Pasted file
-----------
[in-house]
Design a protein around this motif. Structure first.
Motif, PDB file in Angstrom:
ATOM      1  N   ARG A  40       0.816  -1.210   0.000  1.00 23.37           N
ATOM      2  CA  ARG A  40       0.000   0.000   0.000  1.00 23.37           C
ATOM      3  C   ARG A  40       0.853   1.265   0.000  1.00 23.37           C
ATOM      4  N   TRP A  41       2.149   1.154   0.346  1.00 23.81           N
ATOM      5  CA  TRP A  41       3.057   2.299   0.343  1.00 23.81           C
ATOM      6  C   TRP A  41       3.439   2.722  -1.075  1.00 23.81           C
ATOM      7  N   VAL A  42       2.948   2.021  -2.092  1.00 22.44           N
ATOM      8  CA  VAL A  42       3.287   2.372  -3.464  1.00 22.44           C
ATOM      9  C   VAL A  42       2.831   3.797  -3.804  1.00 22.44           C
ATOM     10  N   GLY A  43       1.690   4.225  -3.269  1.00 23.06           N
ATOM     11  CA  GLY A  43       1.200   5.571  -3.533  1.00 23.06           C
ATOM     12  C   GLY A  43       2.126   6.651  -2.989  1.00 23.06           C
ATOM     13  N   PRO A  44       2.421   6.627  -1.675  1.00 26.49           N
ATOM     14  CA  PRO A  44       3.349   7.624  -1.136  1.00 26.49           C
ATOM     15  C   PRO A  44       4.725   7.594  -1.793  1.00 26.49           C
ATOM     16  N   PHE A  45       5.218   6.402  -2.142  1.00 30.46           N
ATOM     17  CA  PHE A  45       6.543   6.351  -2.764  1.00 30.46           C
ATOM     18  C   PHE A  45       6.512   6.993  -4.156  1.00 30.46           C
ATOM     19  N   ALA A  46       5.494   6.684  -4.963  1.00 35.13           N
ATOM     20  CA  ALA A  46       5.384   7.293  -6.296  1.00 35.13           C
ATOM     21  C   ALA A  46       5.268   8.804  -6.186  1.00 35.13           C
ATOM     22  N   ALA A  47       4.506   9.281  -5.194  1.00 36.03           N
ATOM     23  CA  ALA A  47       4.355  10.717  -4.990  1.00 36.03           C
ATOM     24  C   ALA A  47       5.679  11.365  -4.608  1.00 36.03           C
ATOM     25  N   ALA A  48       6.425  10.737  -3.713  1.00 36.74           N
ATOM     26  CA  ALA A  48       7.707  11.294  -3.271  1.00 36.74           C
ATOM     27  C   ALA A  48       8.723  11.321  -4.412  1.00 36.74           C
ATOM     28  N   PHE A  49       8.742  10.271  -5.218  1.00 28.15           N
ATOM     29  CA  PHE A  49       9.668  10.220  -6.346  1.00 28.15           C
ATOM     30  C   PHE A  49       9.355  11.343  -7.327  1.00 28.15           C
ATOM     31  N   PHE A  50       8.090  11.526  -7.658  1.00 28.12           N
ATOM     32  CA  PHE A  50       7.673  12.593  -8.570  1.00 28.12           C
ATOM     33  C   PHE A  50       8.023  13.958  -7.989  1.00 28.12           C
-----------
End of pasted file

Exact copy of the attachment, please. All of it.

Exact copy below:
[in-house]
Design a protein around this motif. Structure first.
Motif, PDB file in Angstrom:
ATOM      1  N   ARG A  40       0.816  -1.210   0.000  1.00 23.37           N
ATOM      2  CA  ARG A  40       0.000   0.000   0.000  1.00 23.37           C
ATOM      3  C   ARG A  40       0.853   1.265   0.000  1.00 23.37           C
ATOM      4  N   TRP A  41       2.149   1.154   0.346  1.00 23.81           N
ATOM      5  CA  TRP A  41       3.057   2.299   0.343  1.00 23.81           C
ATOM      6  C   TRP A  41       3.439   2.722  -1.075  1.00 23.81           C
ATOM      7  N   VAL A  42       2.948   2.021  -2.092  1.00 22.44           N
ATOM      8  CA  VAL A  42       3.287   2.372  -3.464  1.00 22.44           C
ATOM      9  C   VAL A  42       2.831   3.797  -3.804  1.00 22.44           C
ATOM     10  N   GLY A  43       1.690   4.225  -3.269  1.00 23.06           N
ATOM     11  CA  GLY A  43       1.200   5.571  -3.533  1.00 23.06           C
ATOM     12  C   GLY A  43       2.126   6.651  -2.989  1.00 23.06           C
ATOM     13  N   PRO A  44       2.421   6.627  -1.675  1.00 26.49           N
ATOM     14  CA  PRO A  44       3.349   7.624  -1.136  1.00 26.49           C
ATOM     15  C   PRO A  44       4.725   7.594  -1.793  1.00 26.49           C
ATOM     16  N   PHE A  45       5.218   6.402  -2.142  1.00 30.46           N
ATOM     17  CA  PHE A  45       6.543   6.351  -2.764  1.00 30.46           C
ATOM     18  C   PHE A  45       6.512   6.993  -4.156  1.00 30.46           C
ATOM     19  N   ALA A  46       5.494   6.684  -4.963  1.00 35.13           N
ATOM     20  CA  ALA A  46       5.384   7.293  -6.296  1.00 35.13           C
ATOM     21  C   ALA A  46       5.268   8.804  -6.186  1.00 35.13           C
ATOM     22  N   ALA A  47       4.506   9.281  -5.194  1.00 36.03           N
ATOM     23  CA  ALA A  47       4.355  10.717  -4.990  1.00 36.03           C
ATOM     24  C   ALA A  47       5.679  11.365  -4.608  1.00 36.03           C
ATOM     25  N   ALA A  48       6.425  10.737  -3.713  1.00 36.74           N
ATOM     26  CA  ALA A  48       7.707  11.294  -3.271  1.00 36.74           C
ATOM     27  C   ALA A  48       8.723  11.321  -4.412  1.00 36.74           C
ATOM     28  N   PHE A  49       8.742  10.271  -5.218  1.00 28.15           N
ATOM     29  CA  PHE A  49       9.668  10.220  -6.346  1.00 28.15           C
ATOM     30  C   PHE A  49       9.355  11.343  -7.327  1.00 28.15           C
ATOM     31  N   PHE A  50       8.090  11.526  -7.658  1.00 28.12           N
ATOM     32  CA  PHE A  50       7.673  12.593  -8.570  1.00 28.12           C
ATOM     33  C   PHE A  50       8.023  13.958  -7.989  1.00 28.12           C